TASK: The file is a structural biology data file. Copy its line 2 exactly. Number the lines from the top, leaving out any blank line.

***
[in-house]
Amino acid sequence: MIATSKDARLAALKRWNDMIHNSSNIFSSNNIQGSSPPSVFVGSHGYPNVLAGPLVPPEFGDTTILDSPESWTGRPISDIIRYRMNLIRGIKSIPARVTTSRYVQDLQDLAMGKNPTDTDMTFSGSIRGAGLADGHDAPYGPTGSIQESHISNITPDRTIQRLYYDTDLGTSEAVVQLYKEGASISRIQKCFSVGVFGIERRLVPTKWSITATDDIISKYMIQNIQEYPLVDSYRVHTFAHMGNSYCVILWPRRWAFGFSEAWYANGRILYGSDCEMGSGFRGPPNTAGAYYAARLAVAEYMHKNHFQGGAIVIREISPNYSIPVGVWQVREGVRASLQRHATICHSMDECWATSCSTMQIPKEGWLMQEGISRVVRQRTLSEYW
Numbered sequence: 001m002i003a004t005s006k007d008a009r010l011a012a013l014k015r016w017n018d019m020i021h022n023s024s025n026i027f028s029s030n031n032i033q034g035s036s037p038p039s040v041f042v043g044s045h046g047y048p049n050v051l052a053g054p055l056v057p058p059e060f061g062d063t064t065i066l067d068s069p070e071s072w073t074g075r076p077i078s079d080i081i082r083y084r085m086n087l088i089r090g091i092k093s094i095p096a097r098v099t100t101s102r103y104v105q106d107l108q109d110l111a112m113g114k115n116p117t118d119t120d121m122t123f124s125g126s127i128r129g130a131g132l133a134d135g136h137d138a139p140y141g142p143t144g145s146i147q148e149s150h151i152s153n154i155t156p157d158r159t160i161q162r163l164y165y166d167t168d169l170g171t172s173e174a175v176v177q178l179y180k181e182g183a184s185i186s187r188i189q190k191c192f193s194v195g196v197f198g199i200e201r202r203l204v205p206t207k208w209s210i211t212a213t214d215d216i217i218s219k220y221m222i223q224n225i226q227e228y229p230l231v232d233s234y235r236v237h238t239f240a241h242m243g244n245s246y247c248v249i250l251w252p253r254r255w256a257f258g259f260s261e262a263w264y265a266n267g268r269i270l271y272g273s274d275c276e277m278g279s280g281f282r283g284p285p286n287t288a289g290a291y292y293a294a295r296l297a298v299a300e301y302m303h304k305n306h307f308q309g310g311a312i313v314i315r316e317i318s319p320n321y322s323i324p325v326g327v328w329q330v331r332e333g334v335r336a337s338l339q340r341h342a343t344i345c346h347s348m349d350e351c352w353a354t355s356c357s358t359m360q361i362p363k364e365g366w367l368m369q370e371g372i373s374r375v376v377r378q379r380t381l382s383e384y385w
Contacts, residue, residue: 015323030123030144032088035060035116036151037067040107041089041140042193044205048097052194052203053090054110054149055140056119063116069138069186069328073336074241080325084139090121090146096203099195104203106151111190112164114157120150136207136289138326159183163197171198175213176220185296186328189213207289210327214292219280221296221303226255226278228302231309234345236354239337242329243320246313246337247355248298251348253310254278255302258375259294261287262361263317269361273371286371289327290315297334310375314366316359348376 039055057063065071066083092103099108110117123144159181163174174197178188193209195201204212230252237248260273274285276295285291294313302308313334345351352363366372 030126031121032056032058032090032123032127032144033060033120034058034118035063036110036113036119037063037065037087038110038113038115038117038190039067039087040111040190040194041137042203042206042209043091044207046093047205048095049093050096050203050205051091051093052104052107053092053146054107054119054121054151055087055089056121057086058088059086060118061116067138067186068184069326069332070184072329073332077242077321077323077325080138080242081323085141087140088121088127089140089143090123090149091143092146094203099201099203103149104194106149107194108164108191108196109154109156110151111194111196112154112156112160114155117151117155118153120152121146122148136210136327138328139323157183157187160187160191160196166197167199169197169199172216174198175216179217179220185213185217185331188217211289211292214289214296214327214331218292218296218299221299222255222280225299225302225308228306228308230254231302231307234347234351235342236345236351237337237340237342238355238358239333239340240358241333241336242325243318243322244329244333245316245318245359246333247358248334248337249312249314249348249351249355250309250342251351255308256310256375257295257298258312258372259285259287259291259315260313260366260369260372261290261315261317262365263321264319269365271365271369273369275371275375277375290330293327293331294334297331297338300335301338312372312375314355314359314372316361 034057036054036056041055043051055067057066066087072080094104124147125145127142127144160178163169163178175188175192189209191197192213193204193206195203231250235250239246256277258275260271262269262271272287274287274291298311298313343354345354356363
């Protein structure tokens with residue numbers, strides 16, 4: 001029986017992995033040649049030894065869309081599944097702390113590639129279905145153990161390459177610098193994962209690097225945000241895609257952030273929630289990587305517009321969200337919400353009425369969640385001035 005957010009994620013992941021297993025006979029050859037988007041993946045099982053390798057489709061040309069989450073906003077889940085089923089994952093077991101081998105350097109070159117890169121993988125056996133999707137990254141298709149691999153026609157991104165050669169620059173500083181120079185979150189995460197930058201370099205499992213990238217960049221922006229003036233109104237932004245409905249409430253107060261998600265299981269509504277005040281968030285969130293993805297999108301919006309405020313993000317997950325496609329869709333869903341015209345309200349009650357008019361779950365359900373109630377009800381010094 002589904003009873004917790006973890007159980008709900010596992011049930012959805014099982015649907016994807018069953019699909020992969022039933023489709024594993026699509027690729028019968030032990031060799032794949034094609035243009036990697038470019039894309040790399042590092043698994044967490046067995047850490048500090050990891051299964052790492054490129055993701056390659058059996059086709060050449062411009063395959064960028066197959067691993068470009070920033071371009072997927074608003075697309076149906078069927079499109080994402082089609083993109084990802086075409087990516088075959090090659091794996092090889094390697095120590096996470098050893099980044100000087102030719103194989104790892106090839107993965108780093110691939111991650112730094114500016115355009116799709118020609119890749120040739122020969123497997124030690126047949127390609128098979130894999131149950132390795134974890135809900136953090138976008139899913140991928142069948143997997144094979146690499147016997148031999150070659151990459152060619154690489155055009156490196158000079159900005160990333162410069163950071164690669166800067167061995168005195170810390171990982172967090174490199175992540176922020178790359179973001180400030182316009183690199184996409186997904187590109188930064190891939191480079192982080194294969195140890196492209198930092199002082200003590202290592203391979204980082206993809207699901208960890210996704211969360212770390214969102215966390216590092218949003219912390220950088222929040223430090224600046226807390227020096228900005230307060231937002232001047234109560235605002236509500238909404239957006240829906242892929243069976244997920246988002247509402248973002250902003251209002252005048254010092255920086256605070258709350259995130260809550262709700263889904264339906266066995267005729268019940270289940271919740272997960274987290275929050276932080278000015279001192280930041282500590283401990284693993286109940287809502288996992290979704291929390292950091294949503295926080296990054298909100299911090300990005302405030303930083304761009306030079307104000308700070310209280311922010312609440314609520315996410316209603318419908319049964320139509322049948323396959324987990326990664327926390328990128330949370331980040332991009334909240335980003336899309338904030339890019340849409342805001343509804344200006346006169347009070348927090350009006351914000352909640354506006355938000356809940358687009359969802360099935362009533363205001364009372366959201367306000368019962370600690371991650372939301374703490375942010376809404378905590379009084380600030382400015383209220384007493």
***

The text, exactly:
Amino acid sequence: MIATSKDARLAALKRWNDMIHNSSNIFSSNNIQGSSPPSVFVGSHGYPNVLAGPLVPPEFGDTTILDSPESWTGRPISDIIRYRMNLIRGIKSIPARVTTSRYVQDLQDLAMGKNPTDTDMTFSGSIRGAGLADGHDAPYGPTGSIQESHISNITPDRTIQRLYYDTDLGTSEAVVQLYKEGASISRIQKCFSVGVFGIERRLVPTKWSITATDDIISKYMIQNIQEYPLVDSYRVHTFAHMGNSYCVILWPRRWAFGFSEAWYANGRILYGSDCEMGSGFRGPPNTAGAYYAARLAVAEYMHKNHFQGGAIVIREISPNYSIPVGVWQVREGVRASLQRHATICHSMDECWATSCSTMQIPKEGWLMQEGISRVVRQRTLSEYW